Vibration isolation for pumping systems: The importance of quality engineering for effective pump isolation
Low-price acoustic products may have their appeal, however if they are not correctly engineered the consequences of failure could be devastating. In hazardous industries where safety is of the utmost importance, getting the vibration isolation right from the outset is paramount. Steve Hart, director at Mason UK, discusses the key considerations for effective pump isolation.
The global industrial pumps market was valued at USD 60.21 billion in 2020 and is expected to grow at a compound annual growth rate (CAGR) of 3.9 per cent through to 2028. Pumps are used in water supply processes to move fluids throughout the pipe runs within a building, or series of buildings.
The pump’s impeller generates regular pulses that can be transmitted via the pipework’s water column. The pump speed and the mechanism’s design affect the frequency of the pulses. These pulsations can occasionally match the inherent frequency of piping sections. If this happens, the pipes at that site reverberates, introducing noise and vibration into the building structure, which can cause disruptions throughout the structure. These disturbances, for example, can influence industrial output by raising failure rates in the production of expensive microchips in high-precision Blue Chip firms.
Resonances in the pipework can cause fatigue of joints within pipe lines, increasing the risk of failure and fluid release into the building environment if pumps aren’t properly isolated. If a major leak occurs, the entire plant room may need to be shut down, resulting in costly maintenance and major safety problems. The ramifications might be significant, ranging from equipment damage to serious harm.
To ensure that vibration caused by pumping applications is unable to pass into the main building structure, the disturbing forces should be isolated at source using suitable vibration control products. At Mason UK we’re often called upon to provide retrofit support for vibration isolation projects that have gone wrong. But how do you ensure the vibration isolation is right in critical pump applications the first-time round?
Only use high quality pump vibration isolation products and acoustic engineers.
The key to effectively isolating pump equipment is to isolate the vibration producing equipment at source from the main building structure. This would normally involve a combination of inertia bases, flexible pipe connectors and acoustic hangers.
The first step involves isolating the pump from the building structure. The usual procedure for reducing structure borne noise and vibration levels is for the pump to be installed on concrete inertia bases mounted on high deflection spring mounts. The inertia base provides an air gap between the equipment and the structure, and the springs are normally selected to provide at least 95 per cent isolation efficiency from the main disturbing frequency of the pump.
The second step is to provide flexible pipe connectors or expansion joints at the inlet and outlet joints of the pumps. The main misconception is that these connectors accommodate differential movement and misalignments between pumps and the adjacent pipe work. While this is true to some extent, the main benefit of flexible pipe connectors is to interrupt the vibration pulses within the fluid created by the pump. When the pulses hit the arched construction of the connector the regular frequency of these pulses is changed into random patterns. With random frequencies passing through the fluid, there is no opportunity for coinciding resonances between fluid and pipework.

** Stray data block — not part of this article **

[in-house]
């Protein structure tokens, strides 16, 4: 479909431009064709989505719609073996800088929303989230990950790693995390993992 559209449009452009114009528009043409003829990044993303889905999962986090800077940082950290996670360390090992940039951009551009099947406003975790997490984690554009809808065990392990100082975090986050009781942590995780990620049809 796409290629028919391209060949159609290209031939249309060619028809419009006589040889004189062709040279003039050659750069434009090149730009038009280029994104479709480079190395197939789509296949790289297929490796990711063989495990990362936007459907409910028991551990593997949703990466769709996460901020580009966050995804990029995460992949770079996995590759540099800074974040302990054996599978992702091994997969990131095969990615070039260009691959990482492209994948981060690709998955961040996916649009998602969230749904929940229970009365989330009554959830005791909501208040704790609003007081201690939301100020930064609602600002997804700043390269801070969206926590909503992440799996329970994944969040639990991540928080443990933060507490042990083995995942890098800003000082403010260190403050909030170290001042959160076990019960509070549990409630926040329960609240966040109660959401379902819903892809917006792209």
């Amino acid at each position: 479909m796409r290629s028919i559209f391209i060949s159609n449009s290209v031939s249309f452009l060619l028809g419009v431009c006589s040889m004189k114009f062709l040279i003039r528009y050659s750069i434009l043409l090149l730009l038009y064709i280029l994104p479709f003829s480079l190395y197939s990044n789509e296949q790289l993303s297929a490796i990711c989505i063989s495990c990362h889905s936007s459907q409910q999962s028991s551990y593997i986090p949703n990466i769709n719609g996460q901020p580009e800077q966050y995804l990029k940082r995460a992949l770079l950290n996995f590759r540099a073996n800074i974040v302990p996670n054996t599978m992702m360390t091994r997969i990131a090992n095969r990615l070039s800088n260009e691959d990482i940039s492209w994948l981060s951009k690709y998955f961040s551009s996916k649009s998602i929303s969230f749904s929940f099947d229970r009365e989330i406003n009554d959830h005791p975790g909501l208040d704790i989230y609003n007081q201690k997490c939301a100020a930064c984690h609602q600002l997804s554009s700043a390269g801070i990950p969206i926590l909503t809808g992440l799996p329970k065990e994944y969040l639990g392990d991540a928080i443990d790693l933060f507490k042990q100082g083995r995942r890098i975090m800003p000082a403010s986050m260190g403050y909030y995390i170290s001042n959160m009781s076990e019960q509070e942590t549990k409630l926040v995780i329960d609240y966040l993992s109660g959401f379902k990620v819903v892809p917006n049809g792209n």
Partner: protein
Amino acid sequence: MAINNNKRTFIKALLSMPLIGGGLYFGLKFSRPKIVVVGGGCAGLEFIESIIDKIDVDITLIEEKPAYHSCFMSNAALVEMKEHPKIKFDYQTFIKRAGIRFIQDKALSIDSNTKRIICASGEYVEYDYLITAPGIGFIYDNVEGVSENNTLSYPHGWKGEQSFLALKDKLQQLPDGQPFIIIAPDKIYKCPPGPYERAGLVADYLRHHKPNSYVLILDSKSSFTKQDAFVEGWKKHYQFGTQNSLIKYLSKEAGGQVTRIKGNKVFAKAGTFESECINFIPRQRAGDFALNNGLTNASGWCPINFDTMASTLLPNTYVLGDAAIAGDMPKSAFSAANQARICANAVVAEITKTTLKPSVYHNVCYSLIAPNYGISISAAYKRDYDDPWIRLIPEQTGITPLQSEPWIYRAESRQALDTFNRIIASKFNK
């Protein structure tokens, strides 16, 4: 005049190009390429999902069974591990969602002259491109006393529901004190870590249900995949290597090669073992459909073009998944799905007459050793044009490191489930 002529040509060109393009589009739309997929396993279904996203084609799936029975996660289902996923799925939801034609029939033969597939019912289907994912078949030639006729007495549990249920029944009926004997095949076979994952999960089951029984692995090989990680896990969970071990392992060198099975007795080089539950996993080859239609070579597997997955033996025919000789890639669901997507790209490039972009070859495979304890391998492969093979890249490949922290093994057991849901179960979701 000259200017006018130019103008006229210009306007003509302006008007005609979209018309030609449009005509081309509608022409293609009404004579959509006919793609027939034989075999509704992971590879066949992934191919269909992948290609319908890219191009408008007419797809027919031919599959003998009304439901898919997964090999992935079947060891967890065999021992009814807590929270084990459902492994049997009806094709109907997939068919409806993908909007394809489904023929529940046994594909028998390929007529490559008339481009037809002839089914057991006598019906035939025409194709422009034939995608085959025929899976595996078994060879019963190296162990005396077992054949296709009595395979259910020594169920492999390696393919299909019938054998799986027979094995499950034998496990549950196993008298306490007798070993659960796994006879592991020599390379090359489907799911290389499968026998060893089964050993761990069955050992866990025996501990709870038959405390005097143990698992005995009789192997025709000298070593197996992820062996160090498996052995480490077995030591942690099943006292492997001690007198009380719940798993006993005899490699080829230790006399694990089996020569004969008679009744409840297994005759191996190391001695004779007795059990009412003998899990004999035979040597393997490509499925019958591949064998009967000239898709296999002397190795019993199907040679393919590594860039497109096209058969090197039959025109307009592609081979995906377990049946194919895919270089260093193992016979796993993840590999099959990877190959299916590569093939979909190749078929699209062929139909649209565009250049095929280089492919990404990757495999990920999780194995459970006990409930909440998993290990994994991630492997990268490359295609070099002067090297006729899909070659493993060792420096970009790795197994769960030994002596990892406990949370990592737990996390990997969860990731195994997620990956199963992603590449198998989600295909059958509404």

For piping systems, we recommend opting for flexible pipe connectors and acoustic hangers. To suspend the piping, you will need to use durable hangers. The selection of which will depend on load, frequency and other system specifications.
Some applications require the flexible pipe connectors to be able to accept hot water, steam or chemicals passing through them at high pressure and elevated temperatures. Cheaper variations of flexible pipe connectors are generally moulded using EPDM with nylon reinforcement, and can become brittle if heated water passes through, leading to premature failure.
In contrast, Mason Industries’ flexible pipe connectors offer superb durability and can be tailored to suit each project. The Mason Safeflex range offers unparalleled protection against failure. Every connector is pressure tested in the factory to 150 per cent of rated pressure prior to release. The special design features include a uniquely robust flange design with Kevlar reinforcement, which has fantastic heat resistance, wrapped around a solid steel ring preventing pull out failures.
Pump isolation often requires an engineered solution. We cannot stress enough the importance of getting vibration isolation right the first time around. The first step to effective pump isolation is partnering with experienced acoustic engineers. These industry specialists will be able to specify quality vibration isolation products that can be tailored to your project and will last the test of time.
Are you looking for vibration isolation support for your pump application? Get in contact with Mason UK today to discuss your project’s requirements.